2. Since he had your mother's POA, he had access to the money. (I am assuming it is a POA to handle her finances.) It really depends upon what he used the money for. If he spent it on her needs, then there probably isn't going to be a problem. If he spent it on something or someone other than your mother, than there probably will be. Either way he eventually will need to explain what he did. I would suggest to him that if he doesn't cooperate and talk to the people at Medicaid, he may end up talking to Adult Protective Services and be trying to explain why his withdrawal doesn't constitute exploitation of a vulnerable adult.

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  3. It seems obvious that if your brother spent your mom's money on your mom you wouldn't have much of a problem with that... so I'm assuming that he took the cash for his own purposes. If the financial power of attorney allows brother to make gifts to himself, you've got a divestment problem with MassHealth that may lead to your mother having a penalty period before the nursing facility will be paid by the state. If the power of attorney does not authorize brother to play Santa for himself, your brother committed fraud and elder financial abuse. Neither is good, so let's hope there are many cases of Depends piled up in his garage...

    This is not legal advice. I am not your lawyer. You are not my client. You cannot rely on my response to your question. My response to your question is probably worth exactly what you paid for it. You don't get to sue me for anything. If you'd like to sue me, well you have to hire me first. Here's how you can hire me! #1 Call: 1-888-463-2843 #2 Email: david@davidcarrierlaw.com #3 See me on TV! www.woodtv.com - go to the Ask the Expert tab! #4 Listen to my radio show (2 full hours every week!) www.woodradio.com - go to the podcast section.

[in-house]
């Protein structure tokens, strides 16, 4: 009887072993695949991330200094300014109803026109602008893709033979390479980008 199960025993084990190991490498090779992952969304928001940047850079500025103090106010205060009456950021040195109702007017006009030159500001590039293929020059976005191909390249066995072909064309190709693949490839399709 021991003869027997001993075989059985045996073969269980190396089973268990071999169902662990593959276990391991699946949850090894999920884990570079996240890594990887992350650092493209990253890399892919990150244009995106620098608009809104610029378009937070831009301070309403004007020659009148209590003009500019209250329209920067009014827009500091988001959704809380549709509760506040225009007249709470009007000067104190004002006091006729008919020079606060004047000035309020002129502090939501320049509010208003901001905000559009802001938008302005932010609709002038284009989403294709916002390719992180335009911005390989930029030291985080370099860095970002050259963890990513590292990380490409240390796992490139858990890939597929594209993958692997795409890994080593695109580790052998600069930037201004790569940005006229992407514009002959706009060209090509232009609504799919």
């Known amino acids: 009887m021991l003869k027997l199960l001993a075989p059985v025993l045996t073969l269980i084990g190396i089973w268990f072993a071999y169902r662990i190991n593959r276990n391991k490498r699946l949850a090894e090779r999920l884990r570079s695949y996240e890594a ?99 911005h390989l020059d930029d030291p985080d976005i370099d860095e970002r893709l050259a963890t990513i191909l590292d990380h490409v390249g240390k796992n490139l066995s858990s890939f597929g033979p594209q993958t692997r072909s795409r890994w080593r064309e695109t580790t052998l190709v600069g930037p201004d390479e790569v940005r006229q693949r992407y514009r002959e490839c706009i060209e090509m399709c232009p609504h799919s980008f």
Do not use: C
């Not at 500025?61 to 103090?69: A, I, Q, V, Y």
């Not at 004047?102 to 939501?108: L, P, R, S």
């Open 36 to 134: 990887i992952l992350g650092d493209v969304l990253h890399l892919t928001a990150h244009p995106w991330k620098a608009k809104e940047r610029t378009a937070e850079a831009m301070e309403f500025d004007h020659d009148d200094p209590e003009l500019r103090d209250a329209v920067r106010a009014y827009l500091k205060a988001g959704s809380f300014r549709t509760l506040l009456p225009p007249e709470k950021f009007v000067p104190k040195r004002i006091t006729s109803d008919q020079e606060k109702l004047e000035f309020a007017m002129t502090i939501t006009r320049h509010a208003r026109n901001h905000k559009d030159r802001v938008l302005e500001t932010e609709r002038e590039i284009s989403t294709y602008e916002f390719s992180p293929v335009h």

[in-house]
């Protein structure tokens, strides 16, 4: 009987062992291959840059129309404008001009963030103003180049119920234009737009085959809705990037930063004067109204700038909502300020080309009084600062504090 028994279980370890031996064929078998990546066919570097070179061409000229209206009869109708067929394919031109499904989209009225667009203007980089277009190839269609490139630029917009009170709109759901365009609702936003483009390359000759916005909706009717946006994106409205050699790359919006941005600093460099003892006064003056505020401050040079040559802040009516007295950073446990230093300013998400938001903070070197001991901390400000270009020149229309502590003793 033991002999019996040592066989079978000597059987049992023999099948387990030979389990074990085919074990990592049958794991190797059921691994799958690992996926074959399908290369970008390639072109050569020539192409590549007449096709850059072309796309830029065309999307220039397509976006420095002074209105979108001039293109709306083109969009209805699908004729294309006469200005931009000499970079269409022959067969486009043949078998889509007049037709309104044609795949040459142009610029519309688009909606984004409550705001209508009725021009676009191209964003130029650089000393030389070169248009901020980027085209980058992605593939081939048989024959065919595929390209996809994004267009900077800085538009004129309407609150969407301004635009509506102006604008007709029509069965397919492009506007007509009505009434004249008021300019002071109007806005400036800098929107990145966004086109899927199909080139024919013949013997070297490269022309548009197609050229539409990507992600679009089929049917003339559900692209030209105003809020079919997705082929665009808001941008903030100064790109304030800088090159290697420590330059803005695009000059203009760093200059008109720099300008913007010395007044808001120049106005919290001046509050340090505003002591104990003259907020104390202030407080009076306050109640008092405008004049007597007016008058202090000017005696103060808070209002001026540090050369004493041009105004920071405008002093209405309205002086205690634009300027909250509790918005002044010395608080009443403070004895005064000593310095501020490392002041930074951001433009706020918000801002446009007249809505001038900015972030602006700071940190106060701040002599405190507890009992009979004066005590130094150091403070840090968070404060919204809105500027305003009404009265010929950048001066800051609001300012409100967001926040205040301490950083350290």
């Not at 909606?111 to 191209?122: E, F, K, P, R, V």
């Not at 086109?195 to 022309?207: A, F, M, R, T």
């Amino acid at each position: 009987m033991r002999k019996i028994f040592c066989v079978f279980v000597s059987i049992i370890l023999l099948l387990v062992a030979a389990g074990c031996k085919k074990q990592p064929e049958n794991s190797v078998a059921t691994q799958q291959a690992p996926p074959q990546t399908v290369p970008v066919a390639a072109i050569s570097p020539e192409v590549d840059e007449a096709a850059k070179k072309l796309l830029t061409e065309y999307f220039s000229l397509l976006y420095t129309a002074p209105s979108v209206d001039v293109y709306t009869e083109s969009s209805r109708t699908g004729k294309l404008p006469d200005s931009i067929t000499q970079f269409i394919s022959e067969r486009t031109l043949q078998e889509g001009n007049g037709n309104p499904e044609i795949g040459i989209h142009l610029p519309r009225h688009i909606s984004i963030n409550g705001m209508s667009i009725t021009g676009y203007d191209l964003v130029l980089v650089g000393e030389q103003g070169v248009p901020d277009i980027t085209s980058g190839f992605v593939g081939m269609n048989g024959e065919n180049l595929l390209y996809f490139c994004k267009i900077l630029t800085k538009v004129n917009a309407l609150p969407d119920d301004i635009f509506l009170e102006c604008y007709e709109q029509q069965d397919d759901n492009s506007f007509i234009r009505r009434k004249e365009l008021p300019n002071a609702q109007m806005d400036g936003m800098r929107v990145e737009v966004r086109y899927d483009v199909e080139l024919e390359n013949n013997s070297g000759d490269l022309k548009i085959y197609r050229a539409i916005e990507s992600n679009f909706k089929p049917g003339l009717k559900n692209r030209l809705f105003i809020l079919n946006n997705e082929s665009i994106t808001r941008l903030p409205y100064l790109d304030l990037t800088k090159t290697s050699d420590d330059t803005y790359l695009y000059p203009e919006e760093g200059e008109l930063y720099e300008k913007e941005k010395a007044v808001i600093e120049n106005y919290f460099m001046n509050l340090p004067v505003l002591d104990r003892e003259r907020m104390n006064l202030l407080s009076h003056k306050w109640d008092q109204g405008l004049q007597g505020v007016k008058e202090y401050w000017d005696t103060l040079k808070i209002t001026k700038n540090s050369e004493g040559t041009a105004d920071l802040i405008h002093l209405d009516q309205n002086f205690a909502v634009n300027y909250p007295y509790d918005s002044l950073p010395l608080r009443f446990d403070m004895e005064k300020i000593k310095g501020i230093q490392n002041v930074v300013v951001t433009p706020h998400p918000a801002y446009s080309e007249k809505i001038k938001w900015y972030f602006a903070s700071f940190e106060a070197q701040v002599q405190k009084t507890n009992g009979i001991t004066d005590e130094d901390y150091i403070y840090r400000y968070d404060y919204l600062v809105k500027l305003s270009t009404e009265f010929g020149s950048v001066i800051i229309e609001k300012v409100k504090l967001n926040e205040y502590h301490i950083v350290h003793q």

4. If your mother's assets were "spent down" to $1,600 prior to the application, removal of any portion of that funds following the application should not trigger a problem as it is not supposed to be part of the review.

    Attorney Rosenberg is admitted to practice in Connecticut and Massachusetts, and currently practices in South-Central Connecticut with an emphasis on estate planning, elder law, probate, and tax matters. He may be contacted confidentially by email at Scott@ScottRosenbergLaw.com or by phone at (203) 871-3830. All correspondence through this website appears publicly, is not confidential, and does not create an attorney-client relationship between you and Atty. Rosenberg. Discretion should always be employed when posting personal information online. ~~~~~~~~~~~~~ All online content provided by Atty. Rosenberg on this and other websites is provided for general informational purposes only, and does not constitute legal advice. All content is general in nature. Attorneys are unable to ask the questions necessary to fully understand the legal issues faced by any particular poster. Postings and responses to questions only provide general insights on the topic discussed. They are not tailored to any reader’s specific situation, will not be accurate in all states, and are never updated or maintained to reflect changes in the law. No person should take action based on the information provided by anyone on Avvo.com or any other law-themed website without first consulting a local attorney with significant experience in your area of concern. Persuant to Circular 230, no online content may be used by any person to avoid taxes or penalties under the Internal Revenue Code.